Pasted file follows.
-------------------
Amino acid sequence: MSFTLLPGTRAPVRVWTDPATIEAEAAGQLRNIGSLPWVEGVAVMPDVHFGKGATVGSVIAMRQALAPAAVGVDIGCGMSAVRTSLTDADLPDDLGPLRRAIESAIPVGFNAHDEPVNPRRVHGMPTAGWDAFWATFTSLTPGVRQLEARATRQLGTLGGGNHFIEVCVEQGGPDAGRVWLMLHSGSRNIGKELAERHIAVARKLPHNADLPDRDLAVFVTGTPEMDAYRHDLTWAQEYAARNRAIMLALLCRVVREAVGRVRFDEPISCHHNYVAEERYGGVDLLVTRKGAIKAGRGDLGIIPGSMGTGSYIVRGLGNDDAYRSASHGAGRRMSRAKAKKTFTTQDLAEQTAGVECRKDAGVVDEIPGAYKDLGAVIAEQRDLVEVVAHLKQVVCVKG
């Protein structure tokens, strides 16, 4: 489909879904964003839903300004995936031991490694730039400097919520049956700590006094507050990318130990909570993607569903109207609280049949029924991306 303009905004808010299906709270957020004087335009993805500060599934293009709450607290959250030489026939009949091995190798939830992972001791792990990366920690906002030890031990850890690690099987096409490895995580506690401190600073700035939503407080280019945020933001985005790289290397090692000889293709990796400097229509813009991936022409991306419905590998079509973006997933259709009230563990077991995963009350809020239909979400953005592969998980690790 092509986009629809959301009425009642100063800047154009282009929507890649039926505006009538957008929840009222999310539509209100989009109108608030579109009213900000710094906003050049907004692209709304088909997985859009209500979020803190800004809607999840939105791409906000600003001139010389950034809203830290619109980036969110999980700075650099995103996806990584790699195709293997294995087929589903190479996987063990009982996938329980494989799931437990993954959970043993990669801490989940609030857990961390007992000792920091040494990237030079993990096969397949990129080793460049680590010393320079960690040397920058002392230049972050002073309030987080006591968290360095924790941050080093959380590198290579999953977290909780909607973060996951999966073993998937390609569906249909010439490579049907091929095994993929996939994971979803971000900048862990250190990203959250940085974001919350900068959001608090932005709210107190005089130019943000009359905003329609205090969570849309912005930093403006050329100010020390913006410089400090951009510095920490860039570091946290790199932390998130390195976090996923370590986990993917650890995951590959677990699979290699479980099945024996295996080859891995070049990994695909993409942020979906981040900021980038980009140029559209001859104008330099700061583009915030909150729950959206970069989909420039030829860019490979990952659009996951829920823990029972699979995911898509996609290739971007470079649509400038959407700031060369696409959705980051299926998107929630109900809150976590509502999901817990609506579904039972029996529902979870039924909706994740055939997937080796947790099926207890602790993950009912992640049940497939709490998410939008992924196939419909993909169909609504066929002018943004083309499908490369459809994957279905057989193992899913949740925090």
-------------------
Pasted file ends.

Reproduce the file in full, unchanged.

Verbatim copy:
Amino acid sequence: MSFTLLPGTRAPVRVWTDPATIEAEAAGQLRNIGSLPWVEGVAVMPDVHFGKGATVGSVIAMRQALAPAAVGVDIGCGMSAVRTSLTDADLPDDLGPLRRAIESAIPVGFNAHDEPVNPRRVHGMPTAGWDAFWATFTSLTPGVRQLEARATRQLGTLGGGNHFIEVCVEQGGPDAGRVWLMLHSGSRNIGKELAERHIAVARKLPHNADLPDRDLAVFVTGTPEMDAYRHDLTWAQEYAARNRAIMLALLCRVVREAVGRVRFDEPISCHHNYVAEERYGGVDLLVTRKGAIKAGRGDLGIIPGSMGTGSYIVRGLGNDDAYRSASHGAGRRMSRAKAKKTFTTQDLAEQTAGVECRKDAGVVDEIPGAYKDLGAVIAEQRDLVEVVAHLKQVVCVKG
């Protein structure tokens, strides 16, 4: 489909879904964003839903300004995936031991490694730039400097919520049956700590006094507050990318130990909570993607569903109207609280049949029924991306 303009905004808010299906709270957020004087335009993805500060599934293009709450607290959250030489026939009949091995190798939830992972001791792990990366920690906002030890031990850890690690099987096409490895995580506690401190600073700035939503407080280019945020933001985005790289290397090692000889293709990796400097229509813009991936022409991306419905590998079509973006997933259709009230563990077991995963009350809020239909979400953005592969998980690790 092509986009629809959301009425009642100063800047154009282009929507890649039926505006009538957008929840009222999310539509209100989009109108608030579109009213900000710094906003050049907004692209709304088909997985859009209500979020803190800004809607999840939105791409906000600003001139010389950034809203830290619109980036969110999980700075650099995103996806990584790699195709293997294995087929589903190479996987063990009982996938329980494989799931437990993954959970043993990669801490989940609030857990961390007992000792920091040494990237030079993990096969397949990129080793460049680590010393320079960690040397920058002392230049972050002073309030987080006591968290360095924790941050080093959380590198290579999953977290909780909607973060996951999966073993998937390609569906249909010439490579049907091929095994993929996939994971979803971000900048862990250190990203959250940085974001919350900068959001608090932005709210107190005089130019943000009359905003329609205090969570849309912005930093403006050329100010020390913006410089400090951009510095920490860039570091946290790199932390998130390195976090996923370590986990993917650890995951590959677990699979290699479980099945024996295996080859891995070049990994695909993409942020979906981040900021980038980009140029559209001859104008330099700061583009915030909150729950959206970069989909420039030829860019490979990952659009996951829920823990029972699979995911898509996609290739971007470079649509400038959407700031060369696409959705980051299926998107929630109900809150976590509502999901817990609506579904039972029996529902979870039924909706994740055939997937080796947790099926207890602790993950009912992640049940497939709490998410939008992924196939419909993909169909609504066929002018943004083309499908490369459809994957279905057989193992899913949740925090």